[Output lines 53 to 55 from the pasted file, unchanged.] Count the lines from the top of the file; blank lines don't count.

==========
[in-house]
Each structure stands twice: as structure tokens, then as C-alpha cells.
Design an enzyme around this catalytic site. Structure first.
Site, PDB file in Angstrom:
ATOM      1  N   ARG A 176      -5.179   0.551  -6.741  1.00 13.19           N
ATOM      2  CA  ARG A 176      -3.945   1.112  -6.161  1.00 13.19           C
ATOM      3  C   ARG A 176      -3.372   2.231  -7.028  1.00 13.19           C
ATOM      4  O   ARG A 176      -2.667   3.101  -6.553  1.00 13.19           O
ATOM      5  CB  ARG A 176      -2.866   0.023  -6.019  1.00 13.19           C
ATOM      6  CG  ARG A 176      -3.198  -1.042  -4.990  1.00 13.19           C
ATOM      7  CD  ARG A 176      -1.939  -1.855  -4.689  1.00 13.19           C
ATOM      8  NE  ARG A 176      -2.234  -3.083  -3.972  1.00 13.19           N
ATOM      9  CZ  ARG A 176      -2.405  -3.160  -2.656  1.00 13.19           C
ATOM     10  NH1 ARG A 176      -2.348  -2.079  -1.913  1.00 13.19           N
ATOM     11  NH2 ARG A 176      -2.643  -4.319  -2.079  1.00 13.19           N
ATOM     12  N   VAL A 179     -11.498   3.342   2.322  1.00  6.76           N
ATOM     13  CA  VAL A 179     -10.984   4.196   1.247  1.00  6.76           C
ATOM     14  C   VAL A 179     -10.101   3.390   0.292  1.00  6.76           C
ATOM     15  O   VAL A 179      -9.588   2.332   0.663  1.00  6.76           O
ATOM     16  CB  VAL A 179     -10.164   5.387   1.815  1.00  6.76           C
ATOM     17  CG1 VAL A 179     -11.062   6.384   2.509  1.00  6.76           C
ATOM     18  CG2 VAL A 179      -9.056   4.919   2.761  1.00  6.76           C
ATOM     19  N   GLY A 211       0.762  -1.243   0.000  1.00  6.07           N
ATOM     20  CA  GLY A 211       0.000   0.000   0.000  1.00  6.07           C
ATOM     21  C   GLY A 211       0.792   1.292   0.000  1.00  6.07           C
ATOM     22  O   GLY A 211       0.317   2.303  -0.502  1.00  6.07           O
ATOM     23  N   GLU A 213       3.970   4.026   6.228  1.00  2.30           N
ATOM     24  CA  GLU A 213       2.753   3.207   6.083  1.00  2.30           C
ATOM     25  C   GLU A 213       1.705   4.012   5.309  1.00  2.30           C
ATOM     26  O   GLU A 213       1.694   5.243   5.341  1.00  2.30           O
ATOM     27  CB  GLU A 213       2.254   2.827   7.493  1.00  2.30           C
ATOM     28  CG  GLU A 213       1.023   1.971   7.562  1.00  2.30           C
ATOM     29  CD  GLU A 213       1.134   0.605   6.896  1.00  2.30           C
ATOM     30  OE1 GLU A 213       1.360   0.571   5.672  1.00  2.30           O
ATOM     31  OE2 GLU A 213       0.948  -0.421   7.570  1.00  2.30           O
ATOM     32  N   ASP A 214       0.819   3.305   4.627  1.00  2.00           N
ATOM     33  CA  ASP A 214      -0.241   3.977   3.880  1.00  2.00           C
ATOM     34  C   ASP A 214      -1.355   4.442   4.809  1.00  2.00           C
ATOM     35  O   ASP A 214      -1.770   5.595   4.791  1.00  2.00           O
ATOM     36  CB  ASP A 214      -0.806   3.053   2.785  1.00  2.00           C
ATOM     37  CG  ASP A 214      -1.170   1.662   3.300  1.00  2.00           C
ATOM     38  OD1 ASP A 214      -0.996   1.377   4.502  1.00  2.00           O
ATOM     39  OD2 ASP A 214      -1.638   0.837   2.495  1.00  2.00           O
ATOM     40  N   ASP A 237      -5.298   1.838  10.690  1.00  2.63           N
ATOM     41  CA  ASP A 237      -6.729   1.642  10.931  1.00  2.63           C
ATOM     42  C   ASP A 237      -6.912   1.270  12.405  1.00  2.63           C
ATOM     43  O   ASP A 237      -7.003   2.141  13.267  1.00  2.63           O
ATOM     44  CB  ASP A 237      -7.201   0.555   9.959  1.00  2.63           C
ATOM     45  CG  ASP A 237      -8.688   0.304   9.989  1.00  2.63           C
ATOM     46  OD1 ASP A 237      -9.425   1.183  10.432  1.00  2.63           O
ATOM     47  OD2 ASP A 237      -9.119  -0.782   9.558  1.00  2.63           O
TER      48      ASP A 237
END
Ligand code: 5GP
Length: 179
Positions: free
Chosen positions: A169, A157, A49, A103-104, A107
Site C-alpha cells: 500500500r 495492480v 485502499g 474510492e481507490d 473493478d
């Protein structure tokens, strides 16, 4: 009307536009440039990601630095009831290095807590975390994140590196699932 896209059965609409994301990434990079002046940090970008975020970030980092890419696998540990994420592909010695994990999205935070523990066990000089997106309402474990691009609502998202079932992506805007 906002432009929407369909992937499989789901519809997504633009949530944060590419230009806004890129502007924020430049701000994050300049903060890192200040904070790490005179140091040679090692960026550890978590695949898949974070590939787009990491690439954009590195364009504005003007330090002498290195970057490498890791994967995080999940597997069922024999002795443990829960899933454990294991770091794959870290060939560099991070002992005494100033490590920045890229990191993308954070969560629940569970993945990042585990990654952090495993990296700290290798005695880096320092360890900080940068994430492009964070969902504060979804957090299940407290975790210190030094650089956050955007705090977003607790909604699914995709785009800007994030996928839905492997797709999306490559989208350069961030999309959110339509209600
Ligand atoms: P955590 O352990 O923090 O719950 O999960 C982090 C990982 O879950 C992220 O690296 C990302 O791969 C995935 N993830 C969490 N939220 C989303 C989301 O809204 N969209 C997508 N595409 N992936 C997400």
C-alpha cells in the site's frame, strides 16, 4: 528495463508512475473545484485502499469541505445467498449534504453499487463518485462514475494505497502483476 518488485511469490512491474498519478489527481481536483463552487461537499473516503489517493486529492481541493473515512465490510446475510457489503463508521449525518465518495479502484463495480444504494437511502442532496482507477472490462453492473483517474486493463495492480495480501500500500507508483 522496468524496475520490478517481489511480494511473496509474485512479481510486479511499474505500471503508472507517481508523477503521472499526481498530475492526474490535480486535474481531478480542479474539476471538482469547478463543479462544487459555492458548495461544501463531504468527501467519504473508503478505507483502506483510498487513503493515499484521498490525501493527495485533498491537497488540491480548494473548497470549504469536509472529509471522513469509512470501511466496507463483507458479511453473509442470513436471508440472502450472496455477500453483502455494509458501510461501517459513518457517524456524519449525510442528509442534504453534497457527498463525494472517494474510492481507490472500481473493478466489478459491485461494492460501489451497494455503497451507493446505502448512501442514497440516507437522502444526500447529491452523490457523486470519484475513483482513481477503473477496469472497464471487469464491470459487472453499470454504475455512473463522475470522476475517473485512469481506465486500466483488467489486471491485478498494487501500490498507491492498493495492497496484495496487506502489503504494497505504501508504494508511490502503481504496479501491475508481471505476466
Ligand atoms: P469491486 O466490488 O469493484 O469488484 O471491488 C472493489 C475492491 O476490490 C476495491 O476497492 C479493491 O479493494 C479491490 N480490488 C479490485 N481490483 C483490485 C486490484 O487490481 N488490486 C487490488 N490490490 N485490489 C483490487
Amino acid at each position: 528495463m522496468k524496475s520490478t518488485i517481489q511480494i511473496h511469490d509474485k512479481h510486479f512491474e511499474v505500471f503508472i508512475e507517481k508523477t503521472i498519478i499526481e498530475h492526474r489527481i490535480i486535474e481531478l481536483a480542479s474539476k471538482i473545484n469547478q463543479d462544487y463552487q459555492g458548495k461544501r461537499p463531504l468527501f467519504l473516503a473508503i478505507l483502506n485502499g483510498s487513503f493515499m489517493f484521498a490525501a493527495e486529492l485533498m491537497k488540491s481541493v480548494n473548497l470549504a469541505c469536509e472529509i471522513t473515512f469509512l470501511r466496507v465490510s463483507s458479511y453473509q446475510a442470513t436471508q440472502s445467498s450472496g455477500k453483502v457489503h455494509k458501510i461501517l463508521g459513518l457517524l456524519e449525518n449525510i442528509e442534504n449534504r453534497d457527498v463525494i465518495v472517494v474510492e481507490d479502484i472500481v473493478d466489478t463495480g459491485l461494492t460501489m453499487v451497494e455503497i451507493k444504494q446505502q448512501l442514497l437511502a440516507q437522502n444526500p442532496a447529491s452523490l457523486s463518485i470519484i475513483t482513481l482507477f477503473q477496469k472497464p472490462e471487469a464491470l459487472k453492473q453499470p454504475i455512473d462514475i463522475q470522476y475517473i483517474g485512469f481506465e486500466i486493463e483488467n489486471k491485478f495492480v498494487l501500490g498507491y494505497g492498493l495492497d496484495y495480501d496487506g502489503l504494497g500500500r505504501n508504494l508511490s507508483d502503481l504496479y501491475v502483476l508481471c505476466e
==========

END
Ligand code: 5GP
Length: 179